The risks of startup culture

However, the perception that the environment of startups is superior in the mental health of employees may be mistaken, says Ana Carolina Peuker, PhD in psychology and cofounder at Beetouch, a startup that develops a psychological assessment tool for companies.

“The atmosphere [of startups] is permeated by a perception that everything is outside the conventional and ‘cool’ standard, but on the other hand, this culture can be highly toxic from a psychological point of view,” the expert said. “In reality, nobody is a superhero.”

Sickness among professionals working in startups is inevitable when people try to “not be human” for too long, taking on abusive demands, forgetting to dedicate time to family and relaxation, in addition to the removal of fundamental values. “There are things that are non-negotiable and mental health is one of them. Illness can stem from this loss of boundaries,” Peuker pointed out.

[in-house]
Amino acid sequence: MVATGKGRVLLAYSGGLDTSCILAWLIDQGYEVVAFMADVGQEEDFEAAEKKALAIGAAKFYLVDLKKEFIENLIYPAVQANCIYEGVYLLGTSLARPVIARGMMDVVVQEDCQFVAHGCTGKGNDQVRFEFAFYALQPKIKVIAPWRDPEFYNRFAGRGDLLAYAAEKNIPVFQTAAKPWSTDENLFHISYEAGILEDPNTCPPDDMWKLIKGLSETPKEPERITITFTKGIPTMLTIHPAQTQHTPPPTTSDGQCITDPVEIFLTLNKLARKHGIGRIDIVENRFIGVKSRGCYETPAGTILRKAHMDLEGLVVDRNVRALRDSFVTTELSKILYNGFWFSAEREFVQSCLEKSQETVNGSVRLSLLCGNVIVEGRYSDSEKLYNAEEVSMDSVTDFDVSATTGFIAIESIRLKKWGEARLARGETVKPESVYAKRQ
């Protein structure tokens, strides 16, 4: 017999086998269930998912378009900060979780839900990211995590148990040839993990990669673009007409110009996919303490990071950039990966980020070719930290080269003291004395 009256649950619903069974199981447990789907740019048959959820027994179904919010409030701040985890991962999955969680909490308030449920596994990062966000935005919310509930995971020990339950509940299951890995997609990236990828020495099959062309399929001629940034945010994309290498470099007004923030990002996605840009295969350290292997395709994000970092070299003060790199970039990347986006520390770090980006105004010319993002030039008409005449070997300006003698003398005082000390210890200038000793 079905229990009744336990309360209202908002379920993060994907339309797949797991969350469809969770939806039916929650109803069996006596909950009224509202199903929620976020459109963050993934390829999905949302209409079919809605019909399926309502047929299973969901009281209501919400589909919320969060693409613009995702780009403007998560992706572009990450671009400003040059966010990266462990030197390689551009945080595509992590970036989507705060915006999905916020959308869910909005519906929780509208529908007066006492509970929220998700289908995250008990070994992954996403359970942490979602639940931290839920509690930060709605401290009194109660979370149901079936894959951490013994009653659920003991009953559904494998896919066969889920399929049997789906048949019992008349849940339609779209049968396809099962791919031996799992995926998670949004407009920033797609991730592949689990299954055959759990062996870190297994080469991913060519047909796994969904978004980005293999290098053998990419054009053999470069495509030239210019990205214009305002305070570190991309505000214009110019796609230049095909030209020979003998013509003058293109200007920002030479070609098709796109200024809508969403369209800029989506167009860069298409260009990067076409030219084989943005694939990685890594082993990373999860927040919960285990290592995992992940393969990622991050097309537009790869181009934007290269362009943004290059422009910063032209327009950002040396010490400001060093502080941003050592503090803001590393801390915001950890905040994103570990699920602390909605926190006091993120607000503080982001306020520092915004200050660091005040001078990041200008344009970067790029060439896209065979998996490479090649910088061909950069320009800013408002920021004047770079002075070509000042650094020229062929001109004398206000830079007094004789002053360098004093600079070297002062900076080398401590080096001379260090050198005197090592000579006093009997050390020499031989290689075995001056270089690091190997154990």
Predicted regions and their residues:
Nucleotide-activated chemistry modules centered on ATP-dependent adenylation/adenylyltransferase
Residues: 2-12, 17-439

The numbers show that the issue is latent in the ecosystem. Another survey, done at the request of Startups by Festa da Firma, a corporate meme profile on Instagram, investigated opinions on the mental health topic.

Of nearly 4,000 respondents who said they work at startups, 55% said they don’t have access to mental health initiatives at work, and 85% would like their employers to pay more attention to this area, while 67% said their mental health is being affected because of work.

In the survey’s answer box, professionals talked about the effect of work on psychological wellbeing. “Everything is for yesterday and mental health is for later,” one respondent said. “Working at a startup destroyed my mental health,” vented another.

Responses also showed that, if on one hand the agility and freedom to act are valued, the lack of clear guidelines, as well as many demands and constant changes, can generate negative effects.

According to Peuker, whose company also works with startups, there are aspects of the work environment itself that can contribute to illness, such as psychosocial factors. These factors define how the interaction occurs between the professional, the work, and the life context in which he or she is inserted, and include the work space, colleagues, leaders, and clients.